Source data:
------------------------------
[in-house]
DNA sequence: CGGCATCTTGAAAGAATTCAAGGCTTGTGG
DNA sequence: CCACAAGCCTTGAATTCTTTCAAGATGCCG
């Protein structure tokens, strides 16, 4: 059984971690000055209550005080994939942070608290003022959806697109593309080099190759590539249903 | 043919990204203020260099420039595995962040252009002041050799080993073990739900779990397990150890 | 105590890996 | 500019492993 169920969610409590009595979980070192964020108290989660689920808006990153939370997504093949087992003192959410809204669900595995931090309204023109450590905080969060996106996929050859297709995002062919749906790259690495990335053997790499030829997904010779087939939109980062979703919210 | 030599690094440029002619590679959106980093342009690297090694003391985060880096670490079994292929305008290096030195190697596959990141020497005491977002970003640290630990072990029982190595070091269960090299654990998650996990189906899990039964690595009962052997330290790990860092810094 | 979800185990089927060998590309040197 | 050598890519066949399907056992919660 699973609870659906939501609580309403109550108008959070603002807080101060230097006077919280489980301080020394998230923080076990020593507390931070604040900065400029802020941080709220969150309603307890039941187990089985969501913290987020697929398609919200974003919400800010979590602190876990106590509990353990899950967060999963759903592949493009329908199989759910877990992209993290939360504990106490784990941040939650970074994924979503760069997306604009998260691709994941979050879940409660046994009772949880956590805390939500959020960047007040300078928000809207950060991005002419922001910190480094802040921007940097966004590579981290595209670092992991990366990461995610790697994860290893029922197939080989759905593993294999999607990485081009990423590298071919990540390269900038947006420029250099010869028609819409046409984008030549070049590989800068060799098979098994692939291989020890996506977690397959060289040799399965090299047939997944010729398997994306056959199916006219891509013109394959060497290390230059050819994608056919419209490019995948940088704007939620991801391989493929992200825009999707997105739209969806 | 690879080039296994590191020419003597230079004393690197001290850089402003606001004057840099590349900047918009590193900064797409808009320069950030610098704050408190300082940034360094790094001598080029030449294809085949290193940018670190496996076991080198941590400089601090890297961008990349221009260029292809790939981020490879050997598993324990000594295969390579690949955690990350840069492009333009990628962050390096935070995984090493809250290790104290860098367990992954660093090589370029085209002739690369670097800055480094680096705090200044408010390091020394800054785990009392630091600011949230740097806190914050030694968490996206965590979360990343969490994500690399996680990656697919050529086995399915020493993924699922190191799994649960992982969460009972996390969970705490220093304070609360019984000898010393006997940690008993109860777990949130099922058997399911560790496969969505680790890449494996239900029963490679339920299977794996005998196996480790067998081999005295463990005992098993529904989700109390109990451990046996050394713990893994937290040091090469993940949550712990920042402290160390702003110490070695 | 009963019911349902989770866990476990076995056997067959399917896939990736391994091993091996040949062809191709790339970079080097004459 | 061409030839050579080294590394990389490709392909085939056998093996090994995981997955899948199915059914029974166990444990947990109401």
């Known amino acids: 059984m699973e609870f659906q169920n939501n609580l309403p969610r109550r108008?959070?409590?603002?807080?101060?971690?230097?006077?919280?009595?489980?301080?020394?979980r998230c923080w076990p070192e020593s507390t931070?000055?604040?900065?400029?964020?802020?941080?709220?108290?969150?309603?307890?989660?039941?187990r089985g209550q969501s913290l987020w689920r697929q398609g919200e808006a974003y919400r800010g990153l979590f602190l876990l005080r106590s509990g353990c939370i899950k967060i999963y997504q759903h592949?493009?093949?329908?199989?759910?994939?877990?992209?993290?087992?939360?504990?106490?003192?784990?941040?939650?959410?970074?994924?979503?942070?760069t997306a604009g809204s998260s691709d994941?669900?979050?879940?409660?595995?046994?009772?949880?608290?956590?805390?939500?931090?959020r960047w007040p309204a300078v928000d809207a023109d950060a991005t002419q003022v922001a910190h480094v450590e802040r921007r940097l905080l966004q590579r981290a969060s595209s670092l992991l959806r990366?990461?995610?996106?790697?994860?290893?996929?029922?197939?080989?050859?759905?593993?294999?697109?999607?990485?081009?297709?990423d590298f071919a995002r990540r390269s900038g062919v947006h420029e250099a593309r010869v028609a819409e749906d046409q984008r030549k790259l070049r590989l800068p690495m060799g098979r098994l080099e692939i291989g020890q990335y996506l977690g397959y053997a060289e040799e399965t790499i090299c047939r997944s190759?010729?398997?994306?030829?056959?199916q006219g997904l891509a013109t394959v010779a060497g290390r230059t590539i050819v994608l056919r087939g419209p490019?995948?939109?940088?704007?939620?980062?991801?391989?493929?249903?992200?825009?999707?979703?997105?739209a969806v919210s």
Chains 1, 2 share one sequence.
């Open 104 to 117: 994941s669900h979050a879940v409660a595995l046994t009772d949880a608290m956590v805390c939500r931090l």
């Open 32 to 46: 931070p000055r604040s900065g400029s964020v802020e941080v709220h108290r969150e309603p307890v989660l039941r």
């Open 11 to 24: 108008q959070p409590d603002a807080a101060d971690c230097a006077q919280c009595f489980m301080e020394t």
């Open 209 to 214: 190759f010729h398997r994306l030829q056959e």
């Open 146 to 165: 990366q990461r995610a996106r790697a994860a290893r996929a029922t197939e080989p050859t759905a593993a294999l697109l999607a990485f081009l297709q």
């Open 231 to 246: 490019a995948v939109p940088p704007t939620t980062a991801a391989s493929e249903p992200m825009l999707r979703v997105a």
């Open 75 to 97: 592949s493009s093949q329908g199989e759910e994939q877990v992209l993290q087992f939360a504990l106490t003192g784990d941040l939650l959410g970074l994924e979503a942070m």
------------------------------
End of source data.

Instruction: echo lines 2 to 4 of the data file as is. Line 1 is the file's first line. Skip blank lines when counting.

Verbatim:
DNA sequence: CGGCATCTTGAAAGAATTCAAGGCTTGTGG
DNA sequence: CCACAAGCCTTGAATTCTTTCAAGATGCCG
């Protein structure tokens, strides 16, 4: 059984971690000055209550005080994939942070608290003022959806697109593309080099190759590539249903 | 043919990204203020260099420039595995962040252009002041050799080993073990739900779990397990150890 | 105590890996 | 500019492993 169920969610409590009595979980070192964020108290989660689920808006990153939370997504093949087992003192959410809204669900595995931090309204023109450590905080969060996106996929050859297709995002062919749906790259690495990335053997790499030829997904010779087939939109980062979703919210 | 030599690094440029002619590679959106980093342009690297090694003391985060880096670490079994292929305008290096030195190697596959990141020497005491977002970003640290630990072990029982190595070091269960090299654990998650996990189906899990039964690595009962052997330290790990860092810094 | 979800185990089927060998590309040197 | 050598890519066949399907056992919660 699973609870659906939501609580309403109550108008959070603002807080101060230097006077919280489980301080020394998230923080076990020593507390931070604040900065400029802020941080709220969150309603307890039941187990089985969501913290987020697929398609919200974003919400800010979590602190876990106590509990353990899950967060999963759903592949493009329908199989759910877990992209993290939360504990106490784990941040939650970074994924979503760069997306604009998260691709994941979050879940409660046994009772949880956590805390939500959020960047007040300078928000809207950060991005002419922001910190480094802040921007940097966004590579981290595209670092992991990366990461995610790697994860290893029922197939080989759905593993294999999607990485081009990423590298071919990540390269900038947006420029250099010869028609819409046409984008030549070049590989800068060799098979098994692939291989020890996506977690397959060289040799399965090299047939997944010729398997994306056959199916006219891509013109394959060497290390230059050819994608056919419209490019995948940088704007939620991801391989493929992200825009999707997105739209969806 | 690879080039296994590191020419003597230079004393690197001290850089402003606001004057840099590349900047918009590193900064797409808009320069950030610098704050408190300082940034360094790094001598080029030449294809085949290193940018670190496996076991080198941590400089601090890297961008990349221009260029292809790939981020490879050997598993324990000594295969390579690949955690990350840069492009333009990628962050390096935070995984090493809250290790104290860098367990992954660093090589370029085209002739690369670097800055480094680096705090200044408010390091020394800054785990009392630091600011949230740097806190914050030694968490996206965590979360990343969490994500690399996680990656697919050529086995399915020493993924699922190191799994649960992982969460009972996390969970705490220093304070609360019984000898010393006997940690008993109860777990949130099922058997399911560790496969969505680790890449494996239900029963490679339920299977794996005998196996480790067998081999005295463990005992098993529904989700109390109990451990046996050394713990893994937290040091090469993940949550712990920042402290160390702003110490070695 | 009963019911349902989770866990476990076995056997067959399917896939990736391994091993091996040949062809191709790339970079080097004459 | 061409030839050579080294590394990389490709392909085939056998093996090994995981997955899948199915059914029974166990444990947990109401």